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The Pull Of Home Is Still Strong With Conor Mc Kenna

Tuesday 14.07.2020
Team Talk Mag
Latest News

A couple of weeks ago Conor McKenna’s world appeared to be upside down. The former Tyrone underage star was listed to play his first game of the season in the AFL for Essendon when he seemed to test positive for Covid 19.

The Eglish man, who has made no secret of the fact that he struggles with home sickness, was forced to endure a fortnight of self isolation despite the fact that further tests proved negative.  

“I still now really don’t know what happened to be honest,” admits Conor.

“On the Friday the test came up a false positive, whatever that means, so I had to get retested again on the Saturday and that came up positive. I then got retested again on the Tuesday and that came up negative.

I got bloods done and that came up that I maybe had it six weeks before that so there still is no real clarity on it, they are not sure if I had it ten weeks ago when I was in Ireland or three weeks ago but I was another ten days stuck in a room on my own.

I felt 100% and that was the biggest shock as I was due to play my first game this year. The day before a game you go for a bit of a jog about and I went in but before I started training the Doctor came over and said that I had to go for a retest. Even the week after that I never had any symptoms so it really didn’t affect me in any way physically.”

Conor pays a huge tribute to the support that his club Essendon have given him while he also praises the Irish community both at home and abroad.

“My club have been very supportive while I was in quarantine and I can’t thank them enough,” he said.

“The Irish Embassy sent me a wee care package of Irish treats as did Taste Ireland. Even the GPA got in contact with me to see could they help me in anyway. It really is unbelievable the support that you get from the Irish community on the other side of the world.”

McKenna played his first competitive game last weekend after being given the all clear to return but ironically he picked up an injury.

“It was good to play my first game of the season at the weekend,” said Conor.

“We beat North Melbourne by fourteen points and that leaves us joint top of the table so we are going pretty well. Unfortunately during the game I broke by finger so that will leave me out for a week or so. I will get surgery on it on Tuesday or Wednesday and we will see what happens after that.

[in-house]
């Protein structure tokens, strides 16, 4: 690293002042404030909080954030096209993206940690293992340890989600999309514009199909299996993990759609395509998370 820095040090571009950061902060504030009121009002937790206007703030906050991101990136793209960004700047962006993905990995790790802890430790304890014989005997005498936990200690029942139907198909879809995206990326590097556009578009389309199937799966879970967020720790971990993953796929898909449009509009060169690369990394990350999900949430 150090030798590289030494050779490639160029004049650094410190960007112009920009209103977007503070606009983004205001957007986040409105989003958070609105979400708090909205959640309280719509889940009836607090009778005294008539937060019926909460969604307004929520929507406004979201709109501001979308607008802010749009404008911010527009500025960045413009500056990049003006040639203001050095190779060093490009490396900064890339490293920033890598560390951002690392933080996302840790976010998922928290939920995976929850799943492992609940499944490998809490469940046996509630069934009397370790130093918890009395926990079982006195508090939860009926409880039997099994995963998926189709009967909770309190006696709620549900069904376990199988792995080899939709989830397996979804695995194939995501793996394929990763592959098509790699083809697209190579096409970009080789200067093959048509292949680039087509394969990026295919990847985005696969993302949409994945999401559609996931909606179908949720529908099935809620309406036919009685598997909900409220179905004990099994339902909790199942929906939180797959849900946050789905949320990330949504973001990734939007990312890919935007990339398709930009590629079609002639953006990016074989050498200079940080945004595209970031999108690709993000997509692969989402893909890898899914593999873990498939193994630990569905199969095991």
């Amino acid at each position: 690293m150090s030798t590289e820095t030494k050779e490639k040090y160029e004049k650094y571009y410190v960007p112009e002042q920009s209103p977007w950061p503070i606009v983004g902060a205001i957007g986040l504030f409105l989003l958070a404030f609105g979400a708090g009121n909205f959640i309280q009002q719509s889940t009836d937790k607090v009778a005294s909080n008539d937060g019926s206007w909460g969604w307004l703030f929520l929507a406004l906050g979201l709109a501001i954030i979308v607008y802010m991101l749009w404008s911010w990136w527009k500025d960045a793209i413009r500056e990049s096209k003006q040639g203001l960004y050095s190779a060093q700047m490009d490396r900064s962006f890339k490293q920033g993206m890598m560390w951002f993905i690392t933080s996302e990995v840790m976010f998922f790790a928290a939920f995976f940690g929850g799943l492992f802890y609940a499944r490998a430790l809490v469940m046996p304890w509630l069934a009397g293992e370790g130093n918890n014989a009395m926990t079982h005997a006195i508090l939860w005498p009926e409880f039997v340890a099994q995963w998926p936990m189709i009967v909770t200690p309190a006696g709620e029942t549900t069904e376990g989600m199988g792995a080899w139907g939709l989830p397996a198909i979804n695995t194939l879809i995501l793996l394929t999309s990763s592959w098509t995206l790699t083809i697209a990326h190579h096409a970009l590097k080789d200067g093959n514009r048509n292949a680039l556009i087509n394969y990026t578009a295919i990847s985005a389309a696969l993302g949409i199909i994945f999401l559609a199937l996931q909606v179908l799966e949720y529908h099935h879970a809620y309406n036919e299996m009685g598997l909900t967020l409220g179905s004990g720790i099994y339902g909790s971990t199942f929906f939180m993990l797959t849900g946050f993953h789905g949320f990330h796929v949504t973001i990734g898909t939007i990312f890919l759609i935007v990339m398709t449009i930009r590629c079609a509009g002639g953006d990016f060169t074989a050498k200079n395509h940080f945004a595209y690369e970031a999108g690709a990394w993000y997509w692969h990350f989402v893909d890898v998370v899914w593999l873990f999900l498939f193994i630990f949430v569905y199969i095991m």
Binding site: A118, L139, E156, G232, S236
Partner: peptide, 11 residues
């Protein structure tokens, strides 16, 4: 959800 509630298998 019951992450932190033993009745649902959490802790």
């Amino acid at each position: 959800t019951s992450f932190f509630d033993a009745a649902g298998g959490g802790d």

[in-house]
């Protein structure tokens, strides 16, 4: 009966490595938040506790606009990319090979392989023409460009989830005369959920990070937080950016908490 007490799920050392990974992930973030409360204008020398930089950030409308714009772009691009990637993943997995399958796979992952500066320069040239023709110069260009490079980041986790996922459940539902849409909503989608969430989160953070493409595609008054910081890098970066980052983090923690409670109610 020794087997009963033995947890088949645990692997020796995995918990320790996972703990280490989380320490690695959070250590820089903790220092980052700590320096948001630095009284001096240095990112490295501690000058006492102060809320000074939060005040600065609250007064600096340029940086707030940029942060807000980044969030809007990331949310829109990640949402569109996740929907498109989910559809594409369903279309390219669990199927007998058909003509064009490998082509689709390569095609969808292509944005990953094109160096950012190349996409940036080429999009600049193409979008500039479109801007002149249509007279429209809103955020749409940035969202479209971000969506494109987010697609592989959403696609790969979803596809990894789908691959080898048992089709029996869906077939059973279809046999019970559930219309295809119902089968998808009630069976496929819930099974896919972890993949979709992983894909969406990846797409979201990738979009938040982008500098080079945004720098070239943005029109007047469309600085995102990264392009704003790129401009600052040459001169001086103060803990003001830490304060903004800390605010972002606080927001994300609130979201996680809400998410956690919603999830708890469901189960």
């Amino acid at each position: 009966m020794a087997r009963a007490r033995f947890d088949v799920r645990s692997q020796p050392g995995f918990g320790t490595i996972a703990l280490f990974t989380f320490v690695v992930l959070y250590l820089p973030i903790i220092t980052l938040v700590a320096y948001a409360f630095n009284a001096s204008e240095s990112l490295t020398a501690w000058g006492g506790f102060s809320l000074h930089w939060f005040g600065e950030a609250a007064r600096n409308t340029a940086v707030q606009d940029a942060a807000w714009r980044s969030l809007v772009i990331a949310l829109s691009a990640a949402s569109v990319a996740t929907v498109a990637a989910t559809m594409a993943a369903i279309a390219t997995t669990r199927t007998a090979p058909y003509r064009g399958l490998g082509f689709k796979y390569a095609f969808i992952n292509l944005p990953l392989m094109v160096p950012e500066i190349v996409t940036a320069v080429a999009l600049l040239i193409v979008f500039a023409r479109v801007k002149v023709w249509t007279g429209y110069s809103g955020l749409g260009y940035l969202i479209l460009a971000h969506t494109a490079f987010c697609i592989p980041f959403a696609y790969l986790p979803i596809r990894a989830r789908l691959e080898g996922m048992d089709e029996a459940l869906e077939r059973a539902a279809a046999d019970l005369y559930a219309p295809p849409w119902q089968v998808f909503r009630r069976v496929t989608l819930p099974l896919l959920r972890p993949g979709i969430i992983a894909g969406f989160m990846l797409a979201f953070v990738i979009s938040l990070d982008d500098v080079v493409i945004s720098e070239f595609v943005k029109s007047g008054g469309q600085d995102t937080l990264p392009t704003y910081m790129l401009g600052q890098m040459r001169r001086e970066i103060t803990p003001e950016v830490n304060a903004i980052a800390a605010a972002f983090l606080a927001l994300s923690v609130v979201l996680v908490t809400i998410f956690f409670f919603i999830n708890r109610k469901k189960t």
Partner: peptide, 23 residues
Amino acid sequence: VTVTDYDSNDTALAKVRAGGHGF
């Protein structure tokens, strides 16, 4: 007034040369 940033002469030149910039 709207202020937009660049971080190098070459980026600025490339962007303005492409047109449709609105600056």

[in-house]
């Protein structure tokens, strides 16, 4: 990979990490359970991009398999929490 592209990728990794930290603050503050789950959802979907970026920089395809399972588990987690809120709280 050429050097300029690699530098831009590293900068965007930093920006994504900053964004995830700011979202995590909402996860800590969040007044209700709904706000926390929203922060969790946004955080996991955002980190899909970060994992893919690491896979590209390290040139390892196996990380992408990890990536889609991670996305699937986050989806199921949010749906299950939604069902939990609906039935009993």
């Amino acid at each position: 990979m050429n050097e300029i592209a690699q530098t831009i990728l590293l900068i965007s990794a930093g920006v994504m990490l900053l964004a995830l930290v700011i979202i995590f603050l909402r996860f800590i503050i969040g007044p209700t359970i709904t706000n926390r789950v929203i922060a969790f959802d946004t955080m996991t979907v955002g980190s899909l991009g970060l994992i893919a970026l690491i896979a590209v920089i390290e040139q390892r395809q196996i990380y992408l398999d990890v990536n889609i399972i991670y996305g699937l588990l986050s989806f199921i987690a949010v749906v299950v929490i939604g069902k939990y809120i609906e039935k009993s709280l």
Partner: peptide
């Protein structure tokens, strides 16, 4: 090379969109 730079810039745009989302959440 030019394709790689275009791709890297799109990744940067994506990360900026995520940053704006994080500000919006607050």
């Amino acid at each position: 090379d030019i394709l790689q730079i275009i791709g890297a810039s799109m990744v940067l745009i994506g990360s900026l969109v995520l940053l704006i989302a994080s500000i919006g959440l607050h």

The stop start nature of the season definitely didn’t help when you are preparing for a new season but from my point of view it worked out well as I was struggling with home sickness and I have been able to get home twice this year already.

I was home for ten weeks which I was happy to do to be honest. I really got stuck into the training back home doing cycling and gym sessions in the house and I probably returned to Australia with better fitness than when I came home as I wasn’t sure were my head was at that stage.

I was home for four weeks in February but I was always going back out again. I wanted to come home and talk to Mum and Dad and the family. I talk about it every year, home sickness is not something that I really shy away from, and at the end of each season I make my decision whether to go back or not, if it’s worth my while.

I will do the same thing at the end of this season, October time, make my decision and come Christmas I will have decided whether I want to go back out again or not and it will probably just come down to that week what I decide to do”.

Conor has never made any secret of his desire to one day play for Tyrone seniors and that has only been fuelled by the Red Hands reaching the All Ireland Final two years ago.

“I went to the All Ireland Final in 2018 and it was one of the hardest things that I had to do, to sit there and watch Tyrone playing,” he admitted.

“In the first ten or fifteen minutes when they were winning by four or five points it was unbelievable to see the way that they were going but then it started to set in that there was a chance that they were going to win it and I wasn’t going to be playing which would have been heartbreaking for me.

I suppose that’s the decision that I have made and I have had to live with that, I lost out on an All Ireland U21 medal in 2015 as well. I have made sacrifices but in the near future I want to come home and play for Eglish and get onto the Tyrone panel if I can.”

When he does return one day to play GAA he will come back to a game that this season introduced the forward mark, something that is used in the AFL, but a new rule that Conor doesn’t like

“I don’t understand it, I don’t really like it (forward mark), it feels that it’s (GAA) trying to morph its way into AFL which I really hope it doesn’t,” he said.

“I love the way the GAA game was when I played it. I like the mark for the kick out but I don’t like the forward mark. It could boil down to players just hoofing a high ball in and while that may be good for high catching I just don’t know why it’s coming into the game.  

It’s the same over here to be honest. When I first came here I spent twelve months learning the game and the next year you came back it seemed like a whole new game.

I don’t know who it is, they feel that they have to change stuff, they are continuously trying to change the game to make it better when it should be a case if it’s not broken don’t fix it. If the game is going well let it keep flowing and if something urgent does come up make a change but that mindset of changing things for the sake of it I just don’t agree with it.”



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